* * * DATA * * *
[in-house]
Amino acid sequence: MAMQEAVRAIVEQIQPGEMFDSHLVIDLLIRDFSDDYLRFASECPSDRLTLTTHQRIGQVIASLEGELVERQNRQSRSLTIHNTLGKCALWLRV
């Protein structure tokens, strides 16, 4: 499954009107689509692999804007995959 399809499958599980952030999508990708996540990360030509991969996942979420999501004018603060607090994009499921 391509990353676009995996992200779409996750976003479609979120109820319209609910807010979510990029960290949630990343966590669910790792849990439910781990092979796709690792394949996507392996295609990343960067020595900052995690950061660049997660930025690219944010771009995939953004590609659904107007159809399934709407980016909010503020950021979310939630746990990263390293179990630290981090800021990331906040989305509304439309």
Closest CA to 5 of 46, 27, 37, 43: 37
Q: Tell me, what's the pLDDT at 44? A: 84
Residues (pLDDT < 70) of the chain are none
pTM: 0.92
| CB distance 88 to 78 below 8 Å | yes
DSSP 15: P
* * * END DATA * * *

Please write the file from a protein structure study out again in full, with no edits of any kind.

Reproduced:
[in-house]
Amino acid sequence: MAMQEAVRAIVEQIQPGEMFDSHLVIDLLIRDFSDDYLRFASECPSDRLTLTTHQRIGQVIASLEGELVERQNRQSRSLTIHNTLGKCALWLRV
């Protein structure tokens, strides 16, 4: 499954009107689509692999804007995959 399809499958599980952030999508990708996540990360030509991969996942979420999501004018603060607090994009499921 391509990353676009995996992200779409996750976003479609979120109820319209609910807010979510990029960290949630990343966590669910790792849990439910781990092979796709690792394949996507392996295609990343960067020595900052995690950061660049997660930025690219944010771009995939953004590609659904107007159809399934709407980016909010503020950021979310939630746990990263390293179990630290981090800021990331906040989305509304439309």
Closest CA to 5 of 46, 27, 37, 43: 37
Q: Tell me, what's the pLDDT at 44? A: 84
Residues (pLDDT < 70) of the chain are none
pTM: 0.92
| CB distance 88 to 78 below 8 Å | yes
DSSP 15: P